LAWRENCE — When the terms “Sharia” law or “Islamic law” pop up in the media, they are often misunderstood. New research from a University of Kansas School of Law professor and alumna shows that, even among the legal world, there is confusion of how Islamic law applies to international trade.
Islamic law declares the consumption of certain items such as alcohol, pork and pork products forbidden, or “haram.” Raj Bhala, associate dean for international and comparative law and Rice Distinguished Professor at the law school, and Shannon Keating, a recent KU Law grad, authored an article showing that the majority of Islamic nations do not ban the import of those three product groupings, even though World Trade Organization law allows them to do so. The reasons they found are numerous and nuanced.
Bhala and Keating analyzed the tariff schedules of every Islamic country in the world with a majority Muslim population who are members of both the Organization of Islamic Conference and the WTO to see how they handled the importation of the three haram product categories. The findings, published in the International Lawyer, the most widely circulated international law journal in the world, show “diversity within unity.”
“We thought perhaps most Muslim countries would invoke the General Agreement on Tariffs and Trade (GATT) Article XX(a), or the public morality clause to ban importation of haram goods,” Bhala said. “Indeed that is true for Saudi Arabia and Yemen, but it’s not true for most of the 57 countries of the OIC.”
The unity the researchers found is that all the countries in question identify as Muslim and consider alcohol, pork and pork products haram. The diversity is that most allow their import but employ different kinds of import restrictions. Some nations did not know they could ban the import of such goods when they joined GATT. So many used tariffs, but of a wide range, to influence how the goods are lawfully brought into their countries.
Some nations imposed steep tariffs of 1,000 percent or more to effectively ban their import because virtually no one would be willing to pay that rate to have their product imported. However, that practice is rare as it largely encourages smuggling and black markets for haram goods.
Secularism and moral relativism are the two most intriguing reasons the researchers found for allowing importation of haram goods. While it might not be widely known in the West, many OIC countries are in fact secular societies. Not everyone in the nation, especially young people, routinely practices an orthodox version of Islam. Therefore they do not apply strict Islamic interpretations to their trade rules. Bhala gave the example of having traveled to Muslim countries around the world and being able to order alcohol in public venues.
“We wondered, ‘If this product is haram, why is it relatively easy to consume?’” Bhala said. “It turns out if a society is pretty secular in its attitudes, it’s not surprising that its trade policies would be less strict than the classical theory of the Shari’a might suggest.”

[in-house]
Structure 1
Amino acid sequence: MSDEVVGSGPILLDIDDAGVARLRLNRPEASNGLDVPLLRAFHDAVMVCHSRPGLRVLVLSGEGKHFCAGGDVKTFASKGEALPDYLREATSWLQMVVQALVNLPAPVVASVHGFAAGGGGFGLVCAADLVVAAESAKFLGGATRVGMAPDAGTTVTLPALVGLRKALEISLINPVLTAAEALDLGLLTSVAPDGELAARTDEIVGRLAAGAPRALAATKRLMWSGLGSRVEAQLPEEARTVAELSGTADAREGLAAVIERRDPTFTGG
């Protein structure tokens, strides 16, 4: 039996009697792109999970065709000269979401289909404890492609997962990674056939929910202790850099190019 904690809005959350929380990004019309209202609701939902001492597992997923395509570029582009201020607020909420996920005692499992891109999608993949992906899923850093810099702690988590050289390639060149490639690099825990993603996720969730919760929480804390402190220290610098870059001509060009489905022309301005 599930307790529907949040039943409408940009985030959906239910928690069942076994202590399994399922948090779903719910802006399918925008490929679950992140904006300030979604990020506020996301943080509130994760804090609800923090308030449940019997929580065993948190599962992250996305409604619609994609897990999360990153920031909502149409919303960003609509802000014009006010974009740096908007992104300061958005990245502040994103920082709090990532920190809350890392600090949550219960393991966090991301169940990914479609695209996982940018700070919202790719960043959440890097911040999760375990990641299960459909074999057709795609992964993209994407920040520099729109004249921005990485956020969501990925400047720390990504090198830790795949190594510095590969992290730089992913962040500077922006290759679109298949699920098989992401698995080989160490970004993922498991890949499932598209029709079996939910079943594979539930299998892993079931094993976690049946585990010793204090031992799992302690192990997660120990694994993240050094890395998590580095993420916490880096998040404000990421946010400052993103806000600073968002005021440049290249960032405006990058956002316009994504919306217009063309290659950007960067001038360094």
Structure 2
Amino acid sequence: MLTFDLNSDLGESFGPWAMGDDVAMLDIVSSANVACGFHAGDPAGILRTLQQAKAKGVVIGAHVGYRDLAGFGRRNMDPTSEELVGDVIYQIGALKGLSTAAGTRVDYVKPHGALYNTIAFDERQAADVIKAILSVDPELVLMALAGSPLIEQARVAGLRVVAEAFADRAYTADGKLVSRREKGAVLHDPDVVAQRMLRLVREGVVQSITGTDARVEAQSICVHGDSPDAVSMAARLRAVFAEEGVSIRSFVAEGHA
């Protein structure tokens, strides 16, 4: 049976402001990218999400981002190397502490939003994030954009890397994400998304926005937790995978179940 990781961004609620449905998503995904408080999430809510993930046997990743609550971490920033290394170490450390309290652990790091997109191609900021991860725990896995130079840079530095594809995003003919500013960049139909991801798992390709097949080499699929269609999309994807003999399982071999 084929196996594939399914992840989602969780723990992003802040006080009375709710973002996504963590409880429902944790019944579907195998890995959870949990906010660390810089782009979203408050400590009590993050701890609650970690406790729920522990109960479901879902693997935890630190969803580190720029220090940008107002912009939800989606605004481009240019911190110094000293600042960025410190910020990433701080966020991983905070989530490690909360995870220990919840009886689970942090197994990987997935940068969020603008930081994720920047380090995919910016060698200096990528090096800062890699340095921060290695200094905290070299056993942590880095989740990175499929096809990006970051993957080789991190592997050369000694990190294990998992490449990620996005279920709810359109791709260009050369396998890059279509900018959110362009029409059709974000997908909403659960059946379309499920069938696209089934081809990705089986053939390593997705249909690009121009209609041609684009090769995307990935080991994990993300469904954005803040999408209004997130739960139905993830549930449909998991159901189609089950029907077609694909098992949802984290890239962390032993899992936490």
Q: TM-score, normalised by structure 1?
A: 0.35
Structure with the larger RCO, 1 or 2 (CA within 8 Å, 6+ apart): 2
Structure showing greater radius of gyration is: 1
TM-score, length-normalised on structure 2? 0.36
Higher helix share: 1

Moral relativism also largely influences the decision not to ban imports of haram goods. Muslim scholars have long debated the question of absolutes in the faith. Whether they exist, how they can be applied and consequences of their application, such as the banning of certain goods for everyone, are far from consensus ideas in many of the nations. The idea of moral relativism and how it applies to alcohol has gone back and forth in the United States as well, Bhala said, citing the nation’s era of Prohibition and the fact that there are still dry counties across the nation that prohibit alcohol sales.
Bhala and Keating began their research collaborations while the latter was a law student. She took Bhala’s Islamic law and international trade law classes and was a research assistant on his two-volume treatise project, “Modern GATT Law.” Keating took on the task of analyzing tariff schedules line-by-line for each of the countries in the OIC. The task was beneficial both for the research project and her career with New Markets Lab, a Washington, D.C., nonprofit that focuses on trade and commercial law in developing countries.
“It was, at times, tedious, but I’m so enthusiastic about studying trade law and it was a great learning opportunity and chance to dig deeper into how it is applied around the world,” Keating said. “I went in without much expectation on what we’d find, but I think there are assumptions and expectations surrounding many of these countries. People might be surprised that there is no ban on haram products in most of the nations.”
Assumptions and stereotypes are often incorrect, even when applied to law, the researchers said.
“What that led us to conclude was, despite the stereotype of extremism and intransigence, most of the Muslim countries treat trade law and policy just like everybody else,” Bhala said. “There is greater maturity in these societies than we often recognize. And it’s reflected in their import rules. That is definitely not to say ‘they’re bad Muslims’ if they allow importation of haram goods. Not at all. It shows they’re thinking in a modern way, the same as so many other countries.”